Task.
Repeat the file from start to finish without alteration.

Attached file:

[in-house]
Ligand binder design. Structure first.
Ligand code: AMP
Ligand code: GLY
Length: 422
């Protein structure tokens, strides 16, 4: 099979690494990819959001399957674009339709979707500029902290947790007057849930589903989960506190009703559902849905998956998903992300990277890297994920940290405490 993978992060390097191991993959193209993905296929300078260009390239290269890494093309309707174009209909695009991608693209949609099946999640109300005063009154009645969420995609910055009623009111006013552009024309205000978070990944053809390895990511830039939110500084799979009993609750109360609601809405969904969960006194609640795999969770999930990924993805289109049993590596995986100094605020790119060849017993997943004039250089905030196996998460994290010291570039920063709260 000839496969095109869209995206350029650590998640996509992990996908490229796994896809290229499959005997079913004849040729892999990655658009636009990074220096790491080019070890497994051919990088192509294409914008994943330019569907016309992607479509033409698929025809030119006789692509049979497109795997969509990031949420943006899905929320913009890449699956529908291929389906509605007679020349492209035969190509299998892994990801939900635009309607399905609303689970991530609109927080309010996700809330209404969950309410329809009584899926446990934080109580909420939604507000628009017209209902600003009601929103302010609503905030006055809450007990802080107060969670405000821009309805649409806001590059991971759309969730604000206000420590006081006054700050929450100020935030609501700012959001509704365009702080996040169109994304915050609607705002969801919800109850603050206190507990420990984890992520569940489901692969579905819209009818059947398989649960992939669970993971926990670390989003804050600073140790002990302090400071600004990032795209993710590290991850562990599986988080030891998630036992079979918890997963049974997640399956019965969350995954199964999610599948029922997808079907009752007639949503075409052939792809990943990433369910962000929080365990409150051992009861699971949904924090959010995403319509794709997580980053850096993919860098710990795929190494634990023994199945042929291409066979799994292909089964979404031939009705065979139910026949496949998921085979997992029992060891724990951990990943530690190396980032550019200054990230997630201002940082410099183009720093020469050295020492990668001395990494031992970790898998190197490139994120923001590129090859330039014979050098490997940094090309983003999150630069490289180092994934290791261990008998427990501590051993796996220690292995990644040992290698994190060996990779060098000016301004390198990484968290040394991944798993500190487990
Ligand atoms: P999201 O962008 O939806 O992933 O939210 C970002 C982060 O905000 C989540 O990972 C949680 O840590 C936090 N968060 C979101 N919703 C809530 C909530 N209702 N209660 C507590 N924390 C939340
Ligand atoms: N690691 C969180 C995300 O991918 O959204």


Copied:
[in-house]
Ligand binder design. Structure first.
Ligand code: AMP
Ligand code: GLY
Length: 422
């Protein structure tokens, strides 16, 4: 099979690494990819959001399957674009339709979707500029902290947790007057849930589903989960506190009703559902849905998956998903992300990277890297994920940290405490 993978992060390097191991993959193209993905296929300078260009390239290269890494093309309707174009209909695009991608693209949609099946999640109300005063009154009645969420995609910055009623009111006013552009024309205000978070990944053809390895990511830039939110500084799979009993609750109360609601809405969904969960006194609640795999969770999930990924993805289109049993590596995986100094605020790119060849017993997943004039250089905030196996998460994290010291570039920063709260 000839496969095109869209995206350029650590998640996509992990996908490229796994896809290229499959005997079913004849040729892999990655658009636009990074220096790491080019070890497994051919990088192509294409914008994943330019569907016309992607479509033409698929025809030119006789692509049979497109795997969509990031949420943006899905929320913009890449699956529908291929389906509605007679020349492209035969190509299998892994990801939900635009309607399905609303689970991530609109927080309010996700809330209404969950309410329809009584899926446990934080109580909420939604507000628009017209209902600003009601929103302010609503905030006055809450007990802080107060969670405000821009309805649409806001590059991971759309969730604000206000420590006081006054700050929450100020935030609501700012959001509704365009702080996040169109994304915050609607705002969801919800109850603050206190507990420990984890992520569940489901692969579905819209009818059947398989649960992939669970993971926990670390989003804050600073140790002990302090400071600004990032795209993710590290991850562990599986988080030891998630036992079979918890997963049974997640399956019965969350995954199964999610599948029922997808079907009752007639949503075409052939792809990943990433369910962000929080365990409150051992009861699971949904924090959010995403319509794709997580980053850096993919860098710990795929190494634990023994199945042929291409066979799994292909089964979404031939009705065979139910026949496949998921085979997992029992060891724990951990990943530690190396980032550019200054990230997630201002940082410099183009720093020469050295020492990668001395990494031992970790898998190197490139994120923001590129090859330039014979050098490997940094090309983003999150630069490289180092994934290791261990008998427990501590051993796996220690292995990644040992290698994190060996990779060098000016301004390198990484968290040394991944798993500190487990
Ligand atoms: P999201 O962008 O939806 O992933 O939210 C970002 C982060 O905000 C989540 O990972 C949680 O840590 C936090 N968060 C979101 N919703 C809530 C909530 N209702 N209660 C507590 N924390 C939340
Ligand atoms: N690691 C969180 C995300 O991918 O959204």